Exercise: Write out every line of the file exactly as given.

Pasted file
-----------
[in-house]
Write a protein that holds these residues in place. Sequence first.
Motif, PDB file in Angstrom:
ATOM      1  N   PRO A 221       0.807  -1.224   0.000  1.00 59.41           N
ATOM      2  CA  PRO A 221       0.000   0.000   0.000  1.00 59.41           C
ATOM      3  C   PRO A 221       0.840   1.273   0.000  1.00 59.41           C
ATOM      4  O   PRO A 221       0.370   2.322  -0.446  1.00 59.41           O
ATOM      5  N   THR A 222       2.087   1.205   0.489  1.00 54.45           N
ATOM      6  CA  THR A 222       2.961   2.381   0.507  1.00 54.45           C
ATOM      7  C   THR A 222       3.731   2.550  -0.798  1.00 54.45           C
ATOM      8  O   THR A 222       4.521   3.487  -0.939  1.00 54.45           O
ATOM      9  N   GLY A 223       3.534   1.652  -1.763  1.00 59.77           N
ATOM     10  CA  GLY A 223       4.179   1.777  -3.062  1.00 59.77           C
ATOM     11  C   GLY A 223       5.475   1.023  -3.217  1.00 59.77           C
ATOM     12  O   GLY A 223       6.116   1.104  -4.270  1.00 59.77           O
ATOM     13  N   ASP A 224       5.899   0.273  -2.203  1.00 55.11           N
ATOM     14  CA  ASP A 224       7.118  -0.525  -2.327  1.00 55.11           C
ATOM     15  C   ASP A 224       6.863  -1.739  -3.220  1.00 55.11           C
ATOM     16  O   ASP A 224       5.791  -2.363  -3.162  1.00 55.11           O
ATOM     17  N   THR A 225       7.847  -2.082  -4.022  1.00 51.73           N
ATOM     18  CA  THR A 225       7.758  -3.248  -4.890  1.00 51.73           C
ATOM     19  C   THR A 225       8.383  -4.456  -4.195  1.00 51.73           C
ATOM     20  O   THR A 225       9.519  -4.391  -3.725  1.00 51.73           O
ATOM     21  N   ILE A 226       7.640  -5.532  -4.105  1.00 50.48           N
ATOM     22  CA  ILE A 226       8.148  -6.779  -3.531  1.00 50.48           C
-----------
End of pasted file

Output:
[in-house]
Write a protein that holds these residues in place. Sequence first.
Motif, PDB file in Angstrom:
ATOM      1  N   PRO A 221       0.807  -1.224   0.000  1.00 59.41           N
ATOM      2  CA  PRO A 221       0.000   0.000   0.000  1.00 59.41           C
ATOM      3  C   PRO A 221       0.840   1.273   0.000  1.00 59.41           C
ATOM      4  O   PRO A 221       0.370   2.322  -0.446  1.00 59.41           O
ATOM      5  N   THR A 222       2.087   1.205   0.489  1.00 54.45           N
ATOM      6  CA  THR A 222       2.961   2.381   0.507  1.00 54.45           C
ATOM      7  C   THR A 222       3.731   2.550  -0.798  1.00 54.45           C
ATOM      8  O   THR A 222       4.521   3.487  -0.939  1.00 54.45           O
ATOM      9  N   GLY A 223       3.534   1.652  -1.763  1.00 59.77           N
ATOM     10  CA  GLY A 223       4.179   1.777  -3.062  1.00 59.77           C
ATOM     11  C   GLY A 223       5.475   1.023  -3.217  1.00 59.77           C
ATOM     12  O   GLY A 223       6.116   1.104  -4.270  1.00 59.77           O
ATOM     13  N   ASP A 224       5.899   0.273  -2.203  1.00 55.11           N
ATOM     14  CA  ASP A 224       7.118  -0.525  -2.327  1.00 55.11           C
ATOM     15  C   ASP A 224       6.863  -1.739  -3.220  1.00 55.11           C
ATOM     16  O   ASP A 224       5.791  -2.363  -3.162  1.00 55.11           O
ATOM     17  N   THR A 225       7.847  -2.082  -4.022  1.00 51.73           N
ATOM     18  CA  THR A 225       7.758  -3.248  -4.890  1.00 51.73           C
ATOM     19  C   THR A 225       8.383  -4.456  -4.195  1.00 51.73           C
ATOM     20  O   THR A 225       9.519  -4.391  -3.725  1.00 51.73           O
ATOM     21  N   ILE A 226       7.640  -5.532  -4.105  1.00 50.48           N
ATOM     22  CA  ILE A 226       8.148  -6.779  -3.531  1.00 50.48           C